If you have read this far, congratulations! As a “reward”, here is a link which will allow you to use the Office Web Apps, to include Excel Web App, on SkyDrive: http://skydrive.live.com/acceptpreview.aspx/.documents?aobrp=browse.2 If you do use the technical preview, I ask that you provide feedback about your experience. We have provided a feedback link on the ribbon to allow you to impact our upcoming work.
Notes: 1 3D Charts are rendered as 2D 2 The Technical Preview is open to North American users, and requires a LiveID.
I was so interested in Access that I overlooked Excel. Very nice.
Are there plans for a German preview?
If so, when?
Hi Daniel, the current deployment is still a technical preview. We are working on rolling out to new markets, but will do so over time.
will it be possible with the webapp to use a pivottable and change the pivotfields? In Excel Services Pivot-tables works nice, but it isn't possible to change the structure (move measure from rows to columns...) will this be possible with the webbapp?
Does Excel Web App 2010 (from SharePoint 2010) plan to support running of Excel Add-Ins?
JJDE: Excel Web App and Excel Services behave the same way with respect to PivotTable functionality.
Chirag: In this release, Excel Web App cannot run add-ins built for the Excel client app. Excel programmability is an important area for us and we hope to address questions like these in a future release.
Thank you both for your interest in Excel Web App.
Does Excel Services (Excel Web App) 2010 support What-If Analysis (Analysis Services writeback) in PivotTable?
Sergey: Excel Services does not support performing What-If Analysis (aka writeback) in this version, but the Excel 2010 client does support it. Thanks for your feedback.
Joseph, many thanks for your prompt reply,
Yes, I'm aware of Excel 2010 client support thanks to few blog posts on the topic including an excellent one published in this blog titled Excel 2010 PivotTable What-If Analysis (Writeback).
Because of that I was really hoping to see Office 2010 Wave server side support of AS writeback in PivotTable to natively host Excel input templates to provide opportunities for browser-based multidimensional data collection (such as planning&budgeting) processes over WAN, at least for Intranet scenarios.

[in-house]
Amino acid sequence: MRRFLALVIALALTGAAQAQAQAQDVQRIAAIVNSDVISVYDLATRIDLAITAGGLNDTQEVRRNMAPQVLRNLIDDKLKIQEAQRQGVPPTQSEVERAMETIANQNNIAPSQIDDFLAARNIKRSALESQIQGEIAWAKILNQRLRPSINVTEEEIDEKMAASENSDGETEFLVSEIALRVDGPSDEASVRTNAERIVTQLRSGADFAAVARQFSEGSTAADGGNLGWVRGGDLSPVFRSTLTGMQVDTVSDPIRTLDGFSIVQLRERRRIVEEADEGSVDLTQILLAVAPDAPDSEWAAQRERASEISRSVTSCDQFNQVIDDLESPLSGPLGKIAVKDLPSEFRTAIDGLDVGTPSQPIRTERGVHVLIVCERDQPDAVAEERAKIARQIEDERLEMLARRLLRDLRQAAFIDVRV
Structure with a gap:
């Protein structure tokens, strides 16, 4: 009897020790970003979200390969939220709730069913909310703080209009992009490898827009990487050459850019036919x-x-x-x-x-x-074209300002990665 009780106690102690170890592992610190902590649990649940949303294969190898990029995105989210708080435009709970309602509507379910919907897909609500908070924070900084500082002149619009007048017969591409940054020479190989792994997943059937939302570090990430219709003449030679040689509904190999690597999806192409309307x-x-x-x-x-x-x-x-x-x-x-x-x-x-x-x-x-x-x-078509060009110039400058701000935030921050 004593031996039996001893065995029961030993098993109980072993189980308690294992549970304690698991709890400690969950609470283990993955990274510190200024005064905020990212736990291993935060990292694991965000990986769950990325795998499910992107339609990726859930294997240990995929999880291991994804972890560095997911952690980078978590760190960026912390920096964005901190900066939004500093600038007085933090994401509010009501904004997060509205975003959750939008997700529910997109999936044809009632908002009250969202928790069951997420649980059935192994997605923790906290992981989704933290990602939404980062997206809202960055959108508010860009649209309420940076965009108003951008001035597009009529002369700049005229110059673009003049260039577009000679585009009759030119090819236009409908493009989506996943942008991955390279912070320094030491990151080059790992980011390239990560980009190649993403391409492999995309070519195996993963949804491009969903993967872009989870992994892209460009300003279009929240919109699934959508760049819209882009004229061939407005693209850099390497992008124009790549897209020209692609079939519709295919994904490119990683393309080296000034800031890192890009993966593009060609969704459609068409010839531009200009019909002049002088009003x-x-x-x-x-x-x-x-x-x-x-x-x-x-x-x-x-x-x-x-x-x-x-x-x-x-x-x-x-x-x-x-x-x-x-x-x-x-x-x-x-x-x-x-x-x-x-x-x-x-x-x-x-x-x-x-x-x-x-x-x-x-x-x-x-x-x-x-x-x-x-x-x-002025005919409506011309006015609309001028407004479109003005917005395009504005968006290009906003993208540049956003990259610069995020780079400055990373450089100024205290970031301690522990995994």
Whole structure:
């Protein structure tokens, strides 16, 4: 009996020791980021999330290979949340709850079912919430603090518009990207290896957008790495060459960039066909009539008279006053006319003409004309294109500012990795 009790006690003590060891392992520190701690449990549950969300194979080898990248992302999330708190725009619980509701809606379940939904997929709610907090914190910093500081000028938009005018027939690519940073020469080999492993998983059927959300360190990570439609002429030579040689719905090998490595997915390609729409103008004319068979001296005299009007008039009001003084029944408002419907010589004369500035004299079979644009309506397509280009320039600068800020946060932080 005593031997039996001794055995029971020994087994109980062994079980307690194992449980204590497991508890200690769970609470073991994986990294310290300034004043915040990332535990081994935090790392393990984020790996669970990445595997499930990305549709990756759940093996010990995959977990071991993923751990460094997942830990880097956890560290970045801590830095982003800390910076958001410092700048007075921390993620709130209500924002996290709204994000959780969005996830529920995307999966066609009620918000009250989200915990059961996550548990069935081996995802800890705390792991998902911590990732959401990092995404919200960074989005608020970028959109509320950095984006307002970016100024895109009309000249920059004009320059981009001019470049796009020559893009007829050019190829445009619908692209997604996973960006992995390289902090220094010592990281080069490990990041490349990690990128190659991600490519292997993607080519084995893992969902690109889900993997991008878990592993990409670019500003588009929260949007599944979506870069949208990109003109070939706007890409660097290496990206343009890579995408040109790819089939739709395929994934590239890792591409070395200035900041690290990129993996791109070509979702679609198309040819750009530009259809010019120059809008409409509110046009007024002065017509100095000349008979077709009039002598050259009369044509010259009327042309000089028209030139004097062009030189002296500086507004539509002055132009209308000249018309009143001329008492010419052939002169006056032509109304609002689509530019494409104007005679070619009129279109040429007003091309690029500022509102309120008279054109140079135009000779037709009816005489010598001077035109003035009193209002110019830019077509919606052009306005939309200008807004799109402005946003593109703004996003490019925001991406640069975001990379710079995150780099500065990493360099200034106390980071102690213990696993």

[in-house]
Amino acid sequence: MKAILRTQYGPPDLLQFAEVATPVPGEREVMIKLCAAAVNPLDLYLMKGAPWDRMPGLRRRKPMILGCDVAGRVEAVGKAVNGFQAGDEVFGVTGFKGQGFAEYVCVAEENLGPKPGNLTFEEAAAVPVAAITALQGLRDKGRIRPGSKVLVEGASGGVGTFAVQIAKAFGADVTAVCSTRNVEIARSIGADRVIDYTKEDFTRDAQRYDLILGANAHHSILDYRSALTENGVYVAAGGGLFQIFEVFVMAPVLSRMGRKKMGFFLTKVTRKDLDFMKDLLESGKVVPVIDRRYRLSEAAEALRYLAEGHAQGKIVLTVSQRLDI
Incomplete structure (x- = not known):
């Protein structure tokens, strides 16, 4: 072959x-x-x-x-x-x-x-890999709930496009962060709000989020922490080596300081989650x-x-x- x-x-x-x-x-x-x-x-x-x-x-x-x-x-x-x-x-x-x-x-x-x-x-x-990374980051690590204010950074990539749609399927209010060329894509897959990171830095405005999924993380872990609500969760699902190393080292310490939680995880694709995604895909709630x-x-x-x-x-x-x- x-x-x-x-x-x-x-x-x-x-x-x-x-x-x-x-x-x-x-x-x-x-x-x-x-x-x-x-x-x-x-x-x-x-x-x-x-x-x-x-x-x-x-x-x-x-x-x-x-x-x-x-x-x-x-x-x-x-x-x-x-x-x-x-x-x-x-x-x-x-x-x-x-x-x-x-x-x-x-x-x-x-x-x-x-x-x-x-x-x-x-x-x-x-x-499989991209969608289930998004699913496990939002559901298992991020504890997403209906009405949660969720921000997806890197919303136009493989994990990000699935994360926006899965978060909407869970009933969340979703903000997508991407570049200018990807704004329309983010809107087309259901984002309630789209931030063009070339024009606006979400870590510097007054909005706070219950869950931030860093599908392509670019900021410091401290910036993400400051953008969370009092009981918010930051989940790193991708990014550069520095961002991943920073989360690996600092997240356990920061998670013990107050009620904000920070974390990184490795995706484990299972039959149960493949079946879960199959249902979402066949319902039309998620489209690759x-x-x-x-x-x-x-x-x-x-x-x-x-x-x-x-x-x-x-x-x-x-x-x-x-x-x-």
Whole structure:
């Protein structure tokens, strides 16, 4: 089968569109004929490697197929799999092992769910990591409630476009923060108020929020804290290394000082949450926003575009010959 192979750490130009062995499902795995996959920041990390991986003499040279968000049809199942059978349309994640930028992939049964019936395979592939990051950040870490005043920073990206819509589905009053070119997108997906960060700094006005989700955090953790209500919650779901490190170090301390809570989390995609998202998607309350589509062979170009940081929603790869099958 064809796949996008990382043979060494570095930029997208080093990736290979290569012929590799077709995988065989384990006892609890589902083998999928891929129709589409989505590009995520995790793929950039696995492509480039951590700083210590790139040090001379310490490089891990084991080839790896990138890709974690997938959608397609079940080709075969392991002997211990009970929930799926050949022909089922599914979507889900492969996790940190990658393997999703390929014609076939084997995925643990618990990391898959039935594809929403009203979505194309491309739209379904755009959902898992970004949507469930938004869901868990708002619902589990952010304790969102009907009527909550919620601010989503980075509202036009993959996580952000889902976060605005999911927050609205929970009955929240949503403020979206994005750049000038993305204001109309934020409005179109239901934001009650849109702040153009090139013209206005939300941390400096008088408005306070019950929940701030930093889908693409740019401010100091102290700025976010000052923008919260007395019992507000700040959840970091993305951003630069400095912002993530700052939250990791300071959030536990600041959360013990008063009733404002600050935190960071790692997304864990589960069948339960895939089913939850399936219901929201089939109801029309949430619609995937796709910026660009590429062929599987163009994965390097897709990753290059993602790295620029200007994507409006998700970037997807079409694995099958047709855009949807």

Just to confirm,
Is there any chance for Excel Web App 2010 (RTM or any SP timeframe) to support What-If Analysis(AS writeback), say in Edit mode?
Please bring back the direct manipulation of series line points to Excel charts. This depracated feature is a central part of a data interpretation spreadsheet my company uses, in Excel 2002 on XP. We have no upgrade solution for it.
Sergey: Unfortunately, I can't comment on future plans. I will say that typically we don't add new features in service packs.
Doug: An addin has been created that returns the ability to directly manipulate data points in Excel. The following blog article covers the details.
We are exploring the Excel web application on SharePoint 2010 and wondering if the excel web app uses the same underline components as excel service:
1)Does excel web app uses the same webpart (EWA) as excel service?
2)Does it uses the same excel service application and excel web service as the Excel service?
1) Excel Web App is like the Excel client – it is the application which enables people to create, view, and edit entire Excel workbooks. The display model is to show the entire workbook, and to use as much of the browser as possible – thus giving the user as much real-estate possible in which to do their work. Excel Services is more targeted for rich, interactive display and reporting of content stored in Excel. The Excel Web Access (EWA) web part, which ships as part of Excel Services, is designed to support the reporting mission of Excel Services, and displays a subset of a workbook in either static or interactive (sort / filter) view mode. it is also designed to be included in web part pages which contain multiple other web parts. So, as a direct answer to your question, the Excel Web App does not use the EWA.
2) When Excel Web App and Excel Services are co-installed on SharePoint, they will use the same Excel Service Application to ensure the most tightly integrated experience for the user.
I found an interesting problem on my Sharepoint 2010 Box: the excel service is not take the request, and I traced into the event logs and find out that the excel service is configured as http://sp2010:32843/f0ab278c132647489a765efd8b94e203/ExcelService*.asmx, the wild card * is the problem, in the physical path however, I see two .asmx files -- excelservice.asmx and excelserviceExt.asmx, is this a normal case, then how could I configure the web configuration file and/or IIS7 to make it work? What is the difference between this two files?